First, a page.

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‘It was overwhelming’: Community rallies behind recently vandalized Vancouver music shop

After the store’s sign was painted over with graffiti last weekend the business received many offers to start fundraisers or fix the sign for free
Rufus guitar shop
The Rufus Guitar and Drum Shop on Commercial Drive in Vancouver was recently hit with graffiti, prompting the local art scene to show their support.

The owner of a local musical instrument store chain is seeing the light of a disturbing act of graffiti that vandalized one of their store locations.

Blaine McNamee owns both the Rufus Guitar and Drum Shop locations in the city, one on Alma Street in Kitsilano and the other on Commercial Drive. On Tuesday this week, his staff noticed the word “drum” had been painted over by a bubble-style, black and white graffiti throw-up. McNamee took to the shop’s social media accounts to ask followers for information on who the artist was. 

“We're artists and musicians that work here. All of our employees play in bands and some [in] very successful, internationally recognized bands. For us to be hit like that it was very concerning. It was almost like an attack on us," McNamee said. "Chances are the person that tagged us... they probably listened to a band associated with the business at some point."

The response to the posts was “overwhelming” McNamee says, garnering many supportive comments from the community. McNamee said almost immediately he received offers from people to create a GoFundMe page as well as offers from graffiti removal companies to get rid of the paint pro bono -- which he refused.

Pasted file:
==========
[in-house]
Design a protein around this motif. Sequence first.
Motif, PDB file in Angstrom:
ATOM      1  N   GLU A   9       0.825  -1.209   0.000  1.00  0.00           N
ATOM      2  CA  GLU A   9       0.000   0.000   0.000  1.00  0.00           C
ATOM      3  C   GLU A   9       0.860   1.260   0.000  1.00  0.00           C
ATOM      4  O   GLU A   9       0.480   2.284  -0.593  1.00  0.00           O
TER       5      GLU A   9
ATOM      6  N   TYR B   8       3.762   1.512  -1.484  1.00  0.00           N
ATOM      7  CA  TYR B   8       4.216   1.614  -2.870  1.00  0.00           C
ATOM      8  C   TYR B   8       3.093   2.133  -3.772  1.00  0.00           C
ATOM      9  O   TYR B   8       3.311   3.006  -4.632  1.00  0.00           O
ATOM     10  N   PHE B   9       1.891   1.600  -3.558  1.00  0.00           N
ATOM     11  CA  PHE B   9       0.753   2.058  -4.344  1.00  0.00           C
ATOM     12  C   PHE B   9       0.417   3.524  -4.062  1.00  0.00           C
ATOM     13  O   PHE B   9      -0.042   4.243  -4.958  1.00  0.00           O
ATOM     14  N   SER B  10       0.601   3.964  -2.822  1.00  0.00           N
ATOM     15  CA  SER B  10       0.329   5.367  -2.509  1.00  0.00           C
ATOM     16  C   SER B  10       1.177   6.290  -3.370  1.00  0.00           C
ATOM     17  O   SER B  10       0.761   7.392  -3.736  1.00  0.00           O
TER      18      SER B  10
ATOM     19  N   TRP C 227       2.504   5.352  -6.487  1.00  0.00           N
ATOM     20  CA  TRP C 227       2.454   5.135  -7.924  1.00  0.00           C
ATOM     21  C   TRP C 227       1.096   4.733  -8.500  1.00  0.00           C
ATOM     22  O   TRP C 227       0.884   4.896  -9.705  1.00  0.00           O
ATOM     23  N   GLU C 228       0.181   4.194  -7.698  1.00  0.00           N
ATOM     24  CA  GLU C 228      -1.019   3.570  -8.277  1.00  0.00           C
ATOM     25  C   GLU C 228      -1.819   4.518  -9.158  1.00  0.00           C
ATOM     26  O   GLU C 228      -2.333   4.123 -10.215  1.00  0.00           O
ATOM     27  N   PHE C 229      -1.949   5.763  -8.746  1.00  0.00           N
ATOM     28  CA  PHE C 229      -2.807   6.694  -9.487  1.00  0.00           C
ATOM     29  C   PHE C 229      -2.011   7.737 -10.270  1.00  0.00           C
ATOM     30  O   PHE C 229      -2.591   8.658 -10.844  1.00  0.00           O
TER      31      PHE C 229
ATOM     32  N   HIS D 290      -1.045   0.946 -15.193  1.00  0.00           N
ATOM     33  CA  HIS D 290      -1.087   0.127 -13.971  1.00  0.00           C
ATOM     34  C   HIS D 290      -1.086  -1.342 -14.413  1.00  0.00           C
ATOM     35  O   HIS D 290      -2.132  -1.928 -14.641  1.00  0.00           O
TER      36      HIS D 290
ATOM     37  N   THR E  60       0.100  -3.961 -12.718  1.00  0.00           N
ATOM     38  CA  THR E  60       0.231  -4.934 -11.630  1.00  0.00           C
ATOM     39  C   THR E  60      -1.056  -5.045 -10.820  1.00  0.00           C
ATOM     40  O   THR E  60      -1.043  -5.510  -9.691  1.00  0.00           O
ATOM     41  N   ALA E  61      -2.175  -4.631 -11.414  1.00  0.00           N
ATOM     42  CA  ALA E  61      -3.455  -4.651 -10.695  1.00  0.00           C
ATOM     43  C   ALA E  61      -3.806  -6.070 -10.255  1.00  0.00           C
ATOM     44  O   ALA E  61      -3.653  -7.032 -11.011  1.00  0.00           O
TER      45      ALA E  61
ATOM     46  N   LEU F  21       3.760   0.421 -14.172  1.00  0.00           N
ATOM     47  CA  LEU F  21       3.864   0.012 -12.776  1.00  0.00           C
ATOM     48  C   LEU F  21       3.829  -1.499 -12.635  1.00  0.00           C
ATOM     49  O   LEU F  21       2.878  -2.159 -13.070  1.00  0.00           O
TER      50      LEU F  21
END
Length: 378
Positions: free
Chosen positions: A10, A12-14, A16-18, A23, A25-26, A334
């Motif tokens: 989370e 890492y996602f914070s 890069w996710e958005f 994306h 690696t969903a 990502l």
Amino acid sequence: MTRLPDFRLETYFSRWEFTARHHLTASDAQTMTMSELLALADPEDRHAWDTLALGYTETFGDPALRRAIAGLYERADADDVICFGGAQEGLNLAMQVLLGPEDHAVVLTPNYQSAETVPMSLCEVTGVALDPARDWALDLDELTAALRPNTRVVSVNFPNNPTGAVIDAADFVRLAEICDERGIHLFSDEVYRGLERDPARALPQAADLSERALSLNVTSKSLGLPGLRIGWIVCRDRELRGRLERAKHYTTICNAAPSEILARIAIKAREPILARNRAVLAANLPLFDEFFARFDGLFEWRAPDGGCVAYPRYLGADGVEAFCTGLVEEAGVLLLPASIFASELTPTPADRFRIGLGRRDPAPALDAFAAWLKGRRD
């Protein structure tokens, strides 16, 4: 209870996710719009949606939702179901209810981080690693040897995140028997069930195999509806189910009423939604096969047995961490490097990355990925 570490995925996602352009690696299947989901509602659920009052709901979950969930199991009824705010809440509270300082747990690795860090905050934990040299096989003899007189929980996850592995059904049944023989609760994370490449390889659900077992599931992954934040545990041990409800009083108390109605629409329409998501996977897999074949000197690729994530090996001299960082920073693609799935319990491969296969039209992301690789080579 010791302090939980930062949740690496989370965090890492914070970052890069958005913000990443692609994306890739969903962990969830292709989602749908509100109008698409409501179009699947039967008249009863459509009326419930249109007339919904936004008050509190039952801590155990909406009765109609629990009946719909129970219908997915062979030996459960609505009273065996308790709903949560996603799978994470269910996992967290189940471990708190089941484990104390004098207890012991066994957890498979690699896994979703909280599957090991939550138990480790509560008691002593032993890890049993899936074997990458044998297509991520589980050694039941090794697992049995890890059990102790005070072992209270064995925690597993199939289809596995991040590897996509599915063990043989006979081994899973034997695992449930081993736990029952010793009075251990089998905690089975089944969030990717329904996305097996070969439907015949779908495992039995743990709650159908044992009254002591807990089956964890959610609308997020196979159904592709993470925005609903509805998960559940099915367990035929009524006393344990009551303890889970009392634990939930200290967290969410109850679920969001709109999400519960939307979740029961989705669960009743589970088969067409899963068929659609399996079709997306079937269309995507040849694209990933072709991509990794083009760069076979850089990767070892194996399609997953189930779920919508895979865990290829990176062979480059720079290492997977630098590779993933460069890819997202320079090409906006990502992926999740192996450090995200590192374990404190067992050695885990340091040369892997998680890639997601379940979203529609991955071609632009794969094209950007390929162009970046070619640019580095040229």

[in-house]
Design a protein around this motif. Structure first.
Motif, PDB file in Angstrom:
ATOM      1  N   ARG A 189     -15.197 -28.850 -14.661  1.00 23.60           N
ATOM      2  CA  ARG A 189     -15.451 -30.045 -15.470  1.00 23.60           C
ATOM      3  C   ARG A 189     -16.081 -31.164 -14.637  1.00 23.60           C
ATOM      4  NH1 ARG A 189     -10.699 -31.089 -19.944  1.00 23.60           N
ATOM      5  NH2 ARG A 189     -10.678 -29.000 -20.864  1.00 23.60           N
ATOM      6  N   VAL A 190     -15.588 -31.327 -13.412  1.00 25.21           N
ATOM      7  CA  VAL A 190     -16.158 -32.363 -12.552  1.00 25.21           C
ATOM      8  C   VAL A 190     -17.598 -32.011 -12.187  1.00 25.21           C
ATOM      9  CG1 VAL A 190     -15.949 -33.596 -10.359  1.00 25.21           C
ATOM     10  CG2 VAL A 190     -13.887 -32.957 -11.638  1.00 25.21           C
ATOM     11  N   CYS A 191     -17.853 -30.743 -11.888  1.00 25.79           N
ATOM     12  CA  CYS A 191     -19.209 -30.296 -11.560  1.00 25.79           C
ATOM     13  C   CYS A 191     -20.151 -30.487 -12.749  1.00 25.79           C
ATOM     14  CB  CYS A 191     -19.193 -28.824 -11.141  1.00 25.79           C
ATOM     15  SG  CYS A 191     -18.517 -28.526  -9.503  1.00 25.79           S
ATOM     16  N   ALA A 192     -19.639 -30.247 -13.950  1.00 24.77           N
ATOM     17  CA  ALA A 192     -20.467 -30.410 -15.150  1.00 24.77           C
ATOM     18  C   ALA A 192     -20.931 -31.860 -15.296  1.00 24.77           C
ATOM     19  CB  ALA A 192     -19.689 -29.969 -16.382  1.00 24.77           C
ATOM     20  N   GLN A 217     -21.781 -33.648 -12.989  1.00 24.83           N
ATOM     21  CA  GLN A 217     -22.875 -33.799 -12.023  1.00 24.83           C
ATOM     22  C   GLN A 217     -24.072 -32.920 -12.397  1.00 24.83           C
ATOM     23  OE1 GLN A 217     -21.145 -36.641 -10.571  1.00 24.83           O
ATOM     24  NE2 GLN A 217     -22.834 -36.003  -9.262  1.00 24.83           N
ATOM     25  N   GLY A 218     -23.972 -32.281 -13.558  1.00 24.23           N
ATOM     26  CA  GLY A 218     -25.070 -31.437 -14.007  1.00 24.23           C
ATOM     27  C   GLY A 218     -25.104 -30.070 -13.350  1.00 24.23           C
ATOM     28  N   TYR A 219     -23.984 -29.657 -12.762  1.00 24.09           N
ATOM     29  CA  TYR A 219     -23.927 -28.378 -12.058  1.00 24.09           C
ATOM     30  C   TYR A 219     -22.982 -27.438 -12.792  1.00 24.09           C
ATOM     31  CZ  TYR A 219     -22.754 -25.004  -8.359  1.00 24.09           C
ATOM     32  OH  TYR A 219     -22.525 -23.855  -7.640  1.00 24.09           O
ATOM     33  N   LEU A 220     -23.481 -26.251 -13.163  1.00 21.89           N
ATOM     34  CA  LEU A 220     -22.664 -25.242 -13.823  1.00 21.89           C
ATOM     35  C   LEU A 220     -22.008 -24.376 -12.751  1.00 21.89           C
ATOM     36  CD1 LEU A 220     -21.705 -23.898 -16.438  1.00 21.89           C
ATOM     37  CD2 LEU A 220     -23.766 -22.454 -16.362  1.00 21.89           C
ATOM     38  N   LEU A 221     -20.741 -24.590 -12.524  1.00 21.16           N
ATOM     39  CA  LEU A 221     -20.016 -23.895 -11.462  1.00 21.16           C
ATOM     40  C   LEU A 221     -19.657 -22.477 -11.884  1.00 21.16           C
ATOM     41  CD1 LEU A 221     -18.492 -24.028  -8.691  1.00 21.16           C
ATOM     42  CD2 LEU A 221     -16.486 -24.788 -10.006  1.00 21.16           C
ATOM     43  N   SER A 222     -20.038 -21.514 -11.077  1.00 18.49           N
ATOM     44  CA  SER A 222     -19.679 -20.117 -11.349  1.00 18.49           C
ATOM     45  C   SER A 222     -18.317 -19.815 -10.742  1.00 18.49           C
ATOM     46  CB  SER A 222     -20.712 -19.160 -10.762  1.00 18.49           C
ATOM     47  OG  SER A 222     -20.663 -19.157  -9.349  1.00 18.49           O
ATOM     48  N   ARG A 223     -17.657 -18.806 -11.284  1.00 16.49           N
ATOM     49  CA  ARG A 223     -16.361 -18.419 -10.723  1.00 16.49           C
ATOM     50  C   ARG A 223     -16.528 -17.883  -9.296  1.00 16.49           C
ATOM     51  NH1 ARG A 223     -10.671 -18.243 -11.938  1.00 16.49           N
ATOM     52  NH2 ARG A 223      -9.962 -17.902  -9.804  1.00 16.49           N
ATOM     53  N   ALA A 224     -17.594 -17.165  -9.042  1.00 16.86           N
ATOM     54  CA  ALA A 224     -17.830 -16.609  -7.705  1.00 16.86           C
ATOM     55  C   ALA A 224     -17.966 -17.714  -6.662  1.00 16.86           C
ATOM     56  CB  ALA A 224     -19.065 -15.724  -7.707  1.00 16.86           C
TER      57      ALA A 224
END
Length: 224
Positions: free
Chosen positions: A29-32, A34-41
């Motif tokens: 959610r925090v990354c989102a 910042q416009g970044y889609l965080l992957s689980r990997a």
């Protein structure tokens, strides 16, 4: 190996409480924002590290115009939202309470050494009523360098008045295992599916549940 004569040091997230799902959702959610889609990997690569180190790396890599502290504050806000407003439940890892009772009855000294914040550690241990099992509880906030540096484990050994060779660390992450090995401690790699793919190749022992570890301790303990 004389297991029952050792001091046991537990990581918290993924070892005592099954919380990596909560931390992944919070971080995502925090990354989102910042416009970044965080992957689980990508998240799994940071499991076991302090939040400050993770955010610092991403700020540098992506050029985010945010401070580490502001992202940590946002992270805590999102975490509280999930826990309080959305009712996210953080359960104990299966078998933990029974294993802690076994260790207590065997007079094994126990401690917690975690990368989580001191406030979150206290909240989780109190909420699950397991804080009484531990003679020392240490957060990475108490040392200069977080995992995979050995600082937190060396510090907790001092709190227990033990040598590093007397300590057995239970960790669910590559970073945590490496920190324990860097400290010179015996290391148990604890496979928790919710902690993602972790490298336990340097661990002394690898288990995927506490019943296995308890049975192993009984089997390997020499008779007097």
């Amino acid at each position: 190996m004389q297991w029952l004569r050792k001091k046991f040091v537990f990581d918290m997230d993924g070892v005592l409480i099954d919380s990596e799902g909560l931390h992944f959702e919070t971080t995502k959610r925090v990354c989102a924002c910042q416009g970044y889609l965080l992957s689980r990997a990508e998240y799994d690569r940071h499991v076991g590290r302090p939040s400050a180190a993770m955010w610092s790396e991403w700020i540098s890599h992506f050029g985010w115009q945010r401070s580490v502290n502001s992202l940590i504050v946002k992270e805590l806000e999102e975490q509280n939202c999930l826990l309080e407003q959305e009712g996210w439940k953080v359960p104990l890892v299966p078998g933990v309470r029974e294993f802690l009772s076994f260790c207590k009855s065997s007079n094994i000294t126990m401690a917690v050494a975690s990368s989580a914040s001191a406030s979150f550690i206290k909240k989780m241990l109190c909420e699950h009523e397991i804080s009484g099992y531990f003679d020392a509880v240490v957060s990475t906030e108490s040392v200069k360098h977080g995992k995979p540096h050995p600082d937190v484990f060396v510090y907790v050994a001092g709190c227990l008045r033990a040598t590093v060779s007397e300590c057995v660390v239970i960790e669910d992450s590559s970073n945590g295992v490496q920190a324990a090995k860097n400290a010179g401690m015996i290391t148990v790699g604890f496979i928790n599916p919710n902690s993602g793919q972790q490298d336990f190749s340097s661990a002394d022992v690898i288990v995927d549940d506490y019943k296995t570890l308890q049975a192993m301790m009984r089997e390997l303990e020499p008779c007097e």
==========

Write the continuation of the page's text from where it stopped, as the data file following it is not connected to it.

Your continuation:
"There's lots of businesses in need right now. There's a lot of people that are hurting right now with the pandemic and whatnot,” McNamee said. “At the end of the day yes this is a burden to us, it's gonna cost us money, it's not good. With having to pay for this removal it does affect everybody that works here, it comes directly out our pockets for me to give bonuses or raises."

Through connections in the graffiti art world, McNamee says they knew the artist's name -- not the identity of the person who painted it -- within a few hours of the post going up.

In graffiti terminology, a tag is like an artist's signature but for their artist name. It is designed in the artist's own style and is generally painted in one continuous line so it can be done quickly to evade law enforcement. Throw-ups on the other hand are more elaborate versions of an artist's tag and can be made in many different styles, like the bubble style seen on the guitar shops sign. Two tags can also be seen just above the word “shop” on the sign.

McNamee says he found a company that will be able to take the paint off without needing to replace the entire sign, and, while it will be expensive, McNamee says one of Rufus' bigger suppliers is going to pay for half the removal costs.

"If I could talk to the person who did this, I would want to know why. Why did you attack a group of musicians and artists? What was the point of this? I understand graffiti, I understand street art but there's a time and a place for it," McNamee concluded saying if the artist comes forward he will not press charges.